• Increased heart rate, increased blood pressure, and vasoconstriction
  • Bluish or cold fingers and lips (associated with vasoconstriction)

Psychological and Cognitive Effects

  • Feelings of extreme happiness and sociability
  • Increased perception of empathy
  • Racing thoughts
  • An altered experience of time, such that time appears to speed up
  • Potential manic behavior
  • Increase in anxiety
  • Grandiose behaviors and thoughts
  • Increased libido
  • Increased ability to appreciate music
  • Compulsive cravings to reuse the drug in order to maintain the effects

Crash Effects (as a result of a neurotransmitter depletion after use is stopped)

  • Anxiety
  • Depression
  • Fatigue
  • Extreme sleepiness
  • Apathy and hopelessness
  • Irritability
  • Appetite increase
  • Slow and confusing thought patterns

Other Effects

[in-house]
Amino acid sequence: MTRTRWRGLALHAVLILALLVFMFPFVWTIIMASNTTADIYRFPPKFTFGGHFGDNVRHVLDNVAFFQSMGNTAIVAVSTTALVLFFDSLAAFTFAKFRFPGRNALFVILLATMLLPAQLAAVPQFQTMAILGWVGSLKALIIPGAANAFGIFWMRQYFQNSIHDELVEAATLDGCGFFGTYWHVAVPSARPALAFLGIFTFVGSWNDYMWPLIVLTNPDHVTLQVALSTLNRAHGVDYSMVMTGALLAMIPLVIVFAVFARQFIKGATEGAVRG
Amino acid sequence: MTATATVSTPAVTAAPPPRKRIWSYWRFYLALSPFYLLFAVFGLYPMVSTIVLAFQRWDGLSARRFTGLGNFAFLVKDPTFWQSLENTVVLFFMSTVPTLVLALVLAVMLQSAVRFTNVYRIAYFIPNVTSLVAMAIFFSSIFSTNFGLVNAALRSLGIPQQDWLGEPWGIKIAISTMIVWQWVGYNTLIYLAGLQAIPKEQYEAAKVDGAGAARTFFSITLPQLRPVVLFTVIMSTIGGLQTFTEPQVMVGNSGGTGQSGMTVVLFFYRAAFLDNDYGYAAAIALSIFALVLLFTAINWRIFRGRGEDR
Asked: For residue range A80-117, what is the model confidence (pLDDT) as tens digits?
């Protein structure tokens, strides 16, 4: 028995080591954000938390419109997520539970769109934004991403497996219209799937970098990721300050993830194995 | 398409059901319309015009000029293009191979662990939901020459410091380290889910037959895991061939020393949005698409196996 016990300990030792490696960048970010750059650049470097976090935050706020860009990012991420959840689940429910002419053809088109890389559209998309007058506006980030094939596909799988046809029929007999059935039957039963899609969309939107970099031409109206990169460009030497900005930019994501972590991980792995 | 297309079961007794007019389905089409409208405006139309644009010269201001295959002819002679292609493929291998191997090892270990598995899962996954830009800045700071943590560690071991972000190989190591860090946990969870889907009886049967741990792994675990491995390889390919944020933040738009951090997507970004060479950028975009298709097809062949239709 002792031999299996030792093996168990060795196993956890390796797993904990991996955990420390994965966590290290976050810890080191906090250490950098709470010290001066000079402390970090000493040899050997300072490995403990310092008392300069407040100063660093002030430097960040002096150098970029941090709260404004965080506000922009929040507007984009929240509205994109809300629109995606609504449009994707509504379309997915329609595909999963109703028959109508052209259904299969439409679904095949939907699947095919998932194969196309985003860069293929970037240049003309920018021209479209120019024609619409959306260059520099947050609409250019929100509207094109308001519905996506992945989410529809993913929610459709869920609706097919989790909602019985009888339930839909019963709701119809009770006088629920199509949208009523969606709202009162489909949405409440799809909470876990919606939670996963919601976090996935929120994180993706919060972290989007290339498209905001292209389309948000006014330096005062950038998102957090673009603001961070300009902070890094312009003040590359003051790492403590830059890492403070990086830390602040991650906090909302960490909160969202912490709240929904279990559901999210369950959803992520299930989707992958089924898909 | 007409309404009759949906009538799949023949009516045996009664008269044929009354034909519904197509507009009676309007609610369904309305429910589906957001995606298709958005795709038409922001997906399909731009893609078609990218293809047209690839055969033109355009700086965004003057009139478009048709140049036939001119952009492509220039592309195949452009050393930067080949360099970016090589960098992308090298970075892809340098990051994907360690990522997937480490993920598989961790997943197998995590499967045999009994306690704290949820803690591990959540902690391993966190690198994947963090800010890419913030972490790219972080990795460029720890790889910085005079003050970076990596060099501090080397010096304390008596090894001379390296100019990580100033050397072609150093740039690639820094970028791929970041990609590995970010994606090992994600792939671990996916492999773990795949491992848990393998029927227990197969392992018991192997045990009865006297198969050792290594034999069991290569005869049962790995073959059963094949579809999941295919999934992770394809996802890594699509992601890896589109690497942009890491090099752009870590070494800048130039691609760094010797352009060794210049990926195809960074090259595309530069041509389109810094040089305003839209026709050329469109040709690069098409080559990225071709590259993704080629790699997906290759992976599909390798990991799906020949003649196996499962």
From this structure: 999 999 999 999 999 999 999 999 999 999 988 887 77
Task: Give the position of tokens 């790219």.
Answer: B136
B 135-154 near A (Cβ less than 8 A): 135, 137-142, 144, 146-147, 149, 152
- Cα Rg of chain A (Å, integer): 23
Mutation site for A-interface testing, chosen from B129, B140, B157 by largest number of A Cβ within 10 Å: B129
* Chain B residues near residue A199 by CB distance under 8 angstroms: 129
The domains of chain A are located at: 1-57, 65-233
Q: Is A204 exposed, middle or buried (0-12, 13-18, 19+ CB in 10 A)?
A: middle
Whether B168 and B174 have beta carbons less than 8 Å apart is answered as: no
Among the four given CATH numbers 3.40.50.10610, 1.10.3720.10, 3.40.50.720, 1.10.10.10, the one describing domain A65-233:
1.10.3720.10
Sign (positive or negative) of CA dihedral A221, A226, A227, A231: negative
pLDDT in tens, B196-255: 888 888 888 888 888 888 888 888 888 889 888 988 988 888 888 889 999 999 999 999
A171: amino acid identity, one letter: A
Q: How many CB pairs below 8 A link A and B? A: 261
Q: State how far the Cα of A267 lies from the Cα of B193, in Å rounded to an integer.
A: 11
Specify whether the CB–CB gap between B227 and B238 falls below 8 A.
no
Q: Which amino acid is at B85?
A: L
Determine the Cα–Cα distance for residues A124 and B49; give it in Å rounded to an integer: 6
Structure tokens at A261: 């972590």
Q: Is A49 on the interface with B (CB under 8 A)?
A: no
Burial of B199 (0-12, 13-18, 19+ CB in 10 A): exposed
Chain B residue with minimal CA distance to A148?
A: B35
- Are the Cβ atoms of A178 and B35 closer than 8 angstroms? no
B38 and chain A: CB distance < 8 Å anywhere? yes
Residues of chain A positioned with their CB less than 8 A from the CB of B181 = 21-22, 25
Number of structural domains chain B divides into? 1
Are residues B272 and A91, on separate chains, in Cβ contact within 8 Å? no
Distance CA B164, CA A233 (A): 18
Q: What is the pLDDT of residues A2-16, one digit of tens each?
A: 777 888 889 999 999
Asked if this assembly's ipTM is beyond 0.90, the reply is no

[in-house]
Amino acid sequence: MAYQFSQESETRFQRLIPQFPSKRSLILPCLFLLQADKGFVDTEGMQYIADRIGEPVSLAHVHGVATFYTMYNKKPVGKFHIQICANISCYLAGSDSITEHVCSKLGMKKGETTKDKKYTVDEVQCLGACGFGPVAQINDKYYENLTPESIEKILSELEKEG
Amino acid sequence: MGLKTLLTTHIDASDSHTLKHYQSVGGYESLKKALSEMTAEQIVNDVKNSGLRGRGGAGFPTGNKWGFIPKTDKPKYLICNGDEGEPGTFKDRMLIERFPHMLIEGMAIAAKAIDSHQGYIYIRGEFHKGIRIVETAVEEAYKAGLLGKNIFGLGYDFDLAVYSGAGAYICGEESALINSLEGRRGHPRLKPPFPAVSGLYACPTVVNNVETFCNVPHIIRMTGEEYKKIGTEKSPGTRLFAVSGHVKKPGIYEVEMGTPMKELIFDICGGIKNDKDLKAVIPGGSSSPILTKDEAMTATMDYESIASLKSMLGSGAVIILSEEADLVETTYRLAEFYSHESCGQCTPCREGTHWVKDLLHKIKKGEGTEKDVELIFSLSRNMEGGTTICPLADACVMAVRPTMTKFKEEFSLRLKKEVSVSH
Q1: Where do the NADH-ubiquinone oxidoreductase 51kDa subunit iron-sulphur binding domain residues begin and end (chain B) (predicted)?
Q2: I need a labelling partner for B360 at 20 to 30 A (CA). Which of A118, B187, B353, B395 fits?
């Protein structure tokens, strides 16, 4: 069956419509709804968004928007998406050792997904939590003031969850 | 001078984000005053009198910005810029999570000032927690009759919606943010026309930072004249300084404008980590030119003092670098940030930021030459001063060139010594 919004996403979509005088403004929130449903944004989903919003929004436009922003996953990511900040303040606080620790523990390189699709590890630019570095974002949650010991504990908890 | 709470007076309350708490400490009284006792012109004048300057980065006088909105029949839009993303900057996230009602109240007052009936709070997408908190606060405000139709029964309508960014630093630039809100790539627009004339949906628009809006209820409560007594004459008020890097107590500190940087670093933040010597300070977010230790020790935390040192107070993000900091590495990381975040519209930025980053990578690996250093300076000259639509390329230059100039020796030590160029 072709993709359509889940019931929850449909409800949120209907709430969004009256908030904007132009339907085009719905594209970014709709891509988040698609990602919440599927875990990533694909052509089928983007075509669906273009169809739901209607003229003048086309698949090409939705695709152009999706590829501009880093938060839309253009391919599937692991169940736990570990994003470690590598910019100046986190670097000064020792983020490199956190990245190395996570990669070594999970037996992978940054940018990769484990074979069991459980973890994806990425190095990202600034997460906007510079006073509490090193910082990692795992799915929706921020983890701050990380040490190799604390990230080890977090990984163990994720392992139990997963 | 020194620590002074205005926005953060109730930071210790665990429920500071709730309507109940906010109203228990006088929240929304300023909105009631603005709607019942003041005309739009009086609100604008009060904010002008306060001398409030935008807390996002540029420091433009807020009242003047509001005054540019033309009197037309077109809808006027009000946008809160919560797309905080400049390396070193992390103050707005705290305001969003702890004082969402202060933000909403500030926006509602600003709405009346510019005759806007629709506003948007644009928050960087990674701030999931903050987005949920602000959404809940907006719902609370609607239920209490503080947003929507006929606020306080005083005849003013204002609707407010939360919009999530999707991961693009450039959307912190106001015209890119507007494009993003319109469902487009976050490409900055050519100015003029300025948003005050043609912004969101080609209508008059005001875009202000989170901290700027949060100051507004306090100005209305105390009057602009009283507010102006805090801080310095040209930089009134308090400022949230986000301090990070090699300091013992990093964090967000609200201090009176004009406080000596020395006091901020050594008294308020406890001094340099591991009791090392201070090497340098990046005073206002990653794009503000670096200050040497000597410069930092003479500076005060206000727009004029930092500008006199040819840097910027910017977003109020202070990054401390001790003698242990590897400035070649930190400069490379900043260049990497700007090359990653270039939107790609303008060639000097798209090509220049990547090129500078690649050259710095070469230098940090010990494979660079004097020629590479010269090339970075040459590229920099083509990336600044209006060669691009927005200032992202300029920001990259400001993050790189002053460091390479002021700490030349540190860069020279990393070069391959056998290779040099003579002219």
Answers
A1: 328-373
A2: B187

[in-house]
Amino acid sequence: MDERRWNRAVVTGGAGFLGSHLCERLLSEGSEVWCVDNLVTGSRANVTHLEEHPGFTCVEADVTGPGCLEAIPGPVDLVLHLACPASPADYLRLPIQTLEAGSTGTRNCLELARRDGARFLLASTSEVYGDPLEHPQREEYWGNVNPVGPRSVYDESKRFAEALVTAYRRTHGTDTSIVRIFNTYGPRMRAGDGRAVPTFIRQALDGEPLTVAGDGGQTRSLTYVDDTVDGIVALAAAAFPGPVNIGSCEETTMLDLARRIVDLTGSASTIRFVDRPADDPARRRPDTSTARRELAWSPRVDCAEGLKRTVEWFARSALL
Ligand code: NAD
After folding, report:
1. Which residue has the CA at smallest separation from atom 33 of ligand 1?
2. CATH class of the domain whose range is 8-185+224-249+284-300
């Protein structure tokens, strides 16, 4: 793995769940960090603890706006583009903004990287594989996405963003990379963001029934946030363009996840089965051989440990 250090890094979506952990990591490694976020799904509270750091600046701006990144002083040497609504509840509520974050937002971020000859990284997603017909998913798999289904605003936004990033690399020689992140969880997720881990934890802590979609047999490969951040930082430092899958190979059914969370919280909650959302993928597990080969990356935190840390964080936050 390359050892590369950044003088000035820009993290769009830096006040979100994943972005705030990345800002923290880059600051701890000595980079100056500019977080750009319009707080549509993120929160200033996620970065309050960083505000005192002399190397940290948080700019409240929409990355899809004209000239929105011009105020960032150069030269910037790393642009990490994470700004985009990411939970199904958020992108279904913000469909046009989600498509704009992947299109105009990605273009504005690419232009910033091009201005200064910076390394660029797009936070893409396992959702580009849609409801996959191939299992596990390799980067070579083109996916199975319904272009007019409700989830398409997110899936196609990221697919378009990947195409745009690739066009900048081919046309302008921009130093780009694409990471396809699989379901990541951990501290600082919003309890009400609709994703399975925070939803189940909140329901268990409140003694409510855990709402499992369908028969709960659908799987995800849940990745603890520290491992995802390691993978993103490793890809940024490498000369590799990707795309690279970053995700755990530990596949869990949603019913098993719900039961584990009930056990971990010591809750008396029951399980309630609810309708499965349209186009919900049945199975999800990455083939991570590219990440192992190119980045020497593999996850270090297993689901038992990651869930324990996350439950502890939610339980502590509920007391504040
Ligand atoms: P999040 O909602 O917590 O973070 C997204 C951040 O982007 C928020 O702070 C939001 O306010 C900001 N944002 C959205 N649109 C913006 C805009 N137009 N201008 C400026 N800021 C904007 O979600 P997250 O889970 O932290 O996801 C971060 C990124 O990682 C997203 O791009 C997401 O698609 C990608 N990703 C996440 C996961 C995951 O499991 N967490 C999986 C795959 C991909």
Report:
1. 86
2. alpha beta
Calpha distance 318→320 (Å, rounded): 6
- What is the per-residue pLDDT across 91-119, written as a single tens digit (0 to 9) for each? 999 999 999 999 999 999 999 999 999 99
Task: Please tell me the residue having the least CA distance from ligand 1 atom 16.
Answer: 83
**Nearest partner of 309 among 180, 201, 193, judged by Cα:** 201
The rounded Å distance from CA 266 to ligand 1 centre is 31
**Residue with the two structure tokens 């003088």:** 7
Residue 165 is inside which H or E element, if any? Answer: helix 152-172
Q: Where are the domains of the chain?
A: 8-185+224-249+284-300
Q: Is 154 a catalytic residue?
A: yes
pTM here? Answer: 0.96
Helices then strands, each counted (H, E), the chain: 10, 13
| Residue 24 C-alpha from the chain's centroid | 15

• Weight loss
  • Psychosis (hallucinations and/or delusions)
  • Increased potential to develop delirium (confusion, psychosis, lethargy, or hyperactivity)
  • Respiratory problems
  • Increased potential for heart attack
  • Increased potential for stroke
  • Increased potential to develop seizures
  • Increased potential to develop suicidal thoughts
  • Increased potential to become violent or hostile
  • Increased overdose potential, which could be potentially fatal

Mephedrone Overdose

There are cases in the research literature of fatalities due to overdosing on mephedrone. The drug is relatively easy to overdose on, as individuals who use it will often tend to binge on the drug. Moreover, mephedrone users tend to use the drug in conjunction with other drugs, such as alcohol, other central nervous system depressants like opiates, and even other stimulants. This increases the risk of an overdose on mephedrone or an overdose on the other drug.

Symptoms of overdose include:

  • Numbness in the limbs
  • Bluish fingers, toes, feet, or hands
  • Chest pains, irregular heartbeat, or sweating
  • Ringing in the ears
  • Anxiety and/or paranoia

Overdoses can occur at 250 mg or more of the drug in some individuals. Overdoses on mephedrone are often treated with IV fluids and benzodiazepines. Anyone who is suspected of overdosing on mephedrone should receive immediate medical attention.